Words of Wisdom and Inspiration for the aspiring entrepreneur from Frank Covich, Founder of the National Association of Independent Business Brokers (NAIBB)
by Frank Covich
The Lost Time Room
Today’s article is about critical thinking and how in larger organizations the decision-making process can be very difficult and lead to delays on progress, savings and improvement in all areas of corporate dealings. I know that the new business startup entrepreneur can benefit from reminders about methods of organization building, team building and problem-solving.
This story is about a very large mid-west manufacturing facility that hired our consulting firm to try and improve manufacturing production through cost-saving studies, training of supervisors and other projects related to working with senior management and all levels of staff.
This was a company that produced hydraulic systems for tractors and all types of lift equipment. It had over 400 employees and had been in business for over 25 years. Since it was in a remote area of Ohio, it had to employ the people in the area, and many were just not educated and skilled in the areas of critical thinking. A day in the life on the manufacturing floor was full of lots of chaos, inventory of parts shortages, production stoppages and again extreme labor non-production lost time. Within the organization their existed many levels of supervision that just could not make decisions, and the inability to react to suggestions and reasonable changes just took too long. Many great ideas to improve operations never got into play.
The Lost Time Room
The new president was pressured to do something, as with dwindling profits they could surely go out of business. It was the new president’s job to turn things around, so he brought in help. He hired my firm, IMR (Institute of Management Resources).
I was assigned to the project, and as we looked at some of the big production issues. I created what I called the Lost Time Room, right next to the president’s office.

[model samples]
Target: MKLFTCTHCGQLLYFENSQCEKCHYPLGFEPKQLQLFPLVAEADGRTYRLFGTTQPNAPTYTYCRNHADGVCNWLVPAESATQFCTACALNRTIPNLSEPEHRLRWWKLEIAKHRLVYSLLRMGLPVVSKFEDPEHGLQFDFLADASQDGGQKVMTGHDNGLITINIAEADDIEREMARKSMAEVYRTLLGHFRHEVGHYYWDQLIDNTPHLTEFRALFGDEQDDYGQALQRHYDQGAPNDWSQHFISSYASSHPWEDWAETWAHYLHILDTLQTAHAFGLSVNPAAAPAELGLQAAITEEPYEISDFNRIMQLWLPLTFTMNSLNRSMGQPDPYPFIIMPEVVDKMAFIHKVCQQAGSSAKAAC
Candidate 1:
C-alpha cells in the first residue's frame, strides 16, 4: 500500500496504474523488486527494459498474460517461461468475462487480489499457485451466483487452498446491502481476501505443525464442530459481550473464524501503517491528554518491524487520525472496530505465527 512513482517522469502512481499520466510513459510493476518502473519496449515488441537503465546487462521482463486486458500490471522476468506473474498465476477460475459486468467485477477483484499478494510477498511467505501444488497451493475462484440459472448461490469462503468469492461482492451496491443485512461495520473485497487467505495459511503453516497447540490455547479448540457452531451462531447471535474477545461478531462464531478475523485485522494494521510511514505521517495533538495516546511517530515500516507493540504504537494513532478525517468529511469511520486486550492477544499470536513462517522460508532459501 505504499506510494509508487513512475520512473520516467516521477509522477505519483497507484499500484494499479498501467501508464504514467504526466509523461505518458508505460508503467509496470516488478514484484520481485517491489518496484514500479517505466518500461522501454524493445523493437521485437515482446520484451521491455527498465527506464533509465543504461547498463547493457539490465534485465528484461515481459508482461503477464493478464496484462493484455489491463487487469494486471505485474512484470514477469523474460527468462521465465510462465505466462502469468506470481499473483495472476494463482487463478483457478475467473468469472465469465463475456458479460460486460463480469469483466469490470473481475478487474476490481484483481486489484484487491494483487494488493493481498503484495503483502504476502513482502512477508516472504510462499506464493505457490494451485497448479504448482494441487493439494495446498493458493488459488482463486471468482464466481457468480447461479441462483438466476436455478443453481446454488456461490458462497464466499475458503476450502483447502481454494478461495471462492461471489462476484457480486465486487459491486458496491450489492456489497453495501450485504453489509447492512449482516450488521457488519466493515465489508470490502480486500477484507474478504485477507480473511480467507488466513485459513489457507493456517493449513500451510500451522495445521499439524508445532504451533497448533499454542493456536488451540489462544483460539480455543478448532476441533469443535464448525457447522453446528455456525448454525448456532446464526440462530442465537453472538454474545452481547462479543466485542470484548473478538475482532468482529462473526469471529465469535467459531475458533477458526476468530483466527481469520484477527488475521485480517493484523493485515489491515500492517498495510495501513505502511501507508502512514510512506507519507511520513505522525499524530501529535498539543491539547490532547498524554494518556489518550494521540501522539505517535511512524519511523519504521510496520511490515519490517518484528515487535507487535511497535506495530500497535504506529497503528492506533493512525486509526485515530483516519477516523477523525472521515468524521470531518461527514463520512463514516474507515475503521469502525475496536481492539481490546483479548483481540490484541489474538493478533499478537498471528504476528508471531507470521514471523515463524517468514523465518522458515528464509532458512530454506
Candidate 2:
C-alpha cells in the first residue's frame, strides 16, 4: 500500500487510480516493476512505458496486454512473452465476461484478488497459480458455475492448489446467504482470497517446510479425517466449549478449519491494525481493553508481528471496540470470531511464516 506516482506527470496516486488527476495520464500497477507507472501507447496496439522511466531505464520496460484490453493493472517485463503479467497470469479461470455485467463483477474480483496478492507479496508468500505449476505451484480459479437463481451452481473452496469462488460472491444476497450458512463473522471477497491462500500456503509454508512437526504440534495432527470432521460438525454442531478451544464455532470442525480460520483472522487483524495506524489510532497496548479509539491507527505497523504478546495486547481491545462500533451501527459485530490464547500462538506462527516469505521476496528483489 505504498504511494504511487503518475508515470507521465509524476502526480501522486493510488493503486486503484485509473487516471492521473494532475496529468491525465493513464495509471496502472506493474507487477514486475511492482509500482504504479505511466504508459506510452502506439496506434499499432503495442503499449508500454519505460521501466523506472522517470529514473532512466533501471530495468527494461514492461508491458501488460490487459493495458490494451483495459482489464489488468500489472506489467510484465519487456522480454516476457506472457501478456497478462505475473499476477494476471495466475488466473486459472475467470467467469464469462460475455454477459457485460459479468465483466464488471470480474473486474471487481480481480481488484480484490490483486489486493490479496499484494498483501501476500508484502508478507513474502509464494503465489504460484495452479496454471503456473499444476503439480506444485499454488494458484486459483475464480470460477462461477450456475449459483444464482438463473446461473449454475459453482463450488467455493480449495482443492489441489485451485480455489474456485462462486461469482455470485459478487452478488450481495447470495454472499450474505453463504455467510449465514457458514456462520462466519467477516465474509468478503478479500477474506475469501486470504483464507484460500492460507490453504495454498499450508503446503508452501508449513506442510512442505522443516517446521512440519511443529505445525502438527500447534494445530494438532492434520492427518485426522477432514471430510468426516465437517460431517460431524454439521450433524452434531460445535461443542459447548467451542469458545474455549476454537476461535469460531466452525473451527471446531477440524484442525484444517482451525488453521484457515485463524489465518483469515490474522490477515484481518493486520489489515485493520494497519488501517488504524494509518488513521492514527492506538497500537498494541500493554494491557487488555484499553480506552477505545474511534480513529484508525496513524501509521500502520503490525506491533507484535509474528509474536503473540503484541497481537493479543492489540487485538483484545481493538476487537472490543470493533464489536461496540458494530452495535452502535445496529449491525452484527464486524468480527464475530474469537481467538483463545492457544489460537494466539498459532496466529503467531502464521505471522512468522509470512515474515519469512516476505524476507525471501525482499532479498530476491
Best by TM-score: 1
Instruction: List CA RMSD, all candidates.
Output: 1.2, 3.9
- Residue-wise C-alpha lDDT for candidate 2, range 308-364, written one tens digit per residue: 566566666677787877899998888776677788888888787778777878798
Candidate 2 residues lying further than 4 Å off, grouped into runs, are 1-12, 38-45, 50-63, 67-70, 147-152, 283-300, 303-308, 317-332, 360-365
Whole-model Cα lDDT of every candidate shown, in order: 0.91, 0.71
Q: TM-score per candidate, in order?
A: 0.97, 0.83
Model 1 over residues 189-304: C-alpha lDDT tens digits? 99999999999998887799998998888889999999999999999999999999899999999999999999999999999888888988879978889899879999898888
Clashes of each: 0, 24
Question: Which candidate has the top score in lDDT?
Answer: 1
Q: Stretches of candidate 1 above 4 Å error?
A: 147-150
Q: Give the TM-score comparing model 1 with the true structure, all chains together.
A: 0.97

In the lost time room we put on a wall a paper with each of the names of every key manager and supervisor. It had a pyramid of 27 people with the president at the top. We gathered the management in one place and told them that we were going to seek suggestions and document process problems, and that each statement would come into the Lost Time Room.
We talked to the union, and the company had a meeting with every person attending. The president and I told the employees, “Please help the company. We are losing money, and we have to save everyone’s job.” I took the direct and honest approach.
We gave every employee a pad of paper and said, “Give us your ideas, and we will look at every one. We will use your thoughts on why things break down, where we need improvement in parts supplying.” We committed to review every suggestion in any area of business. We asked every employee to help get the ideas to the lost time room.
Our project theme was that we were team building and problem solving for the good of all.
Within days of our program announcement the suggestions came into a drop box in the lost time room, and a coordinator was assigned to determine who on the wall of management needed to address each issue. We also said in a careful way that if the improvement decision had to go to the president, then just maybe he did not need you supervising. He gave all senior management the authority to fix, and it was a mandate.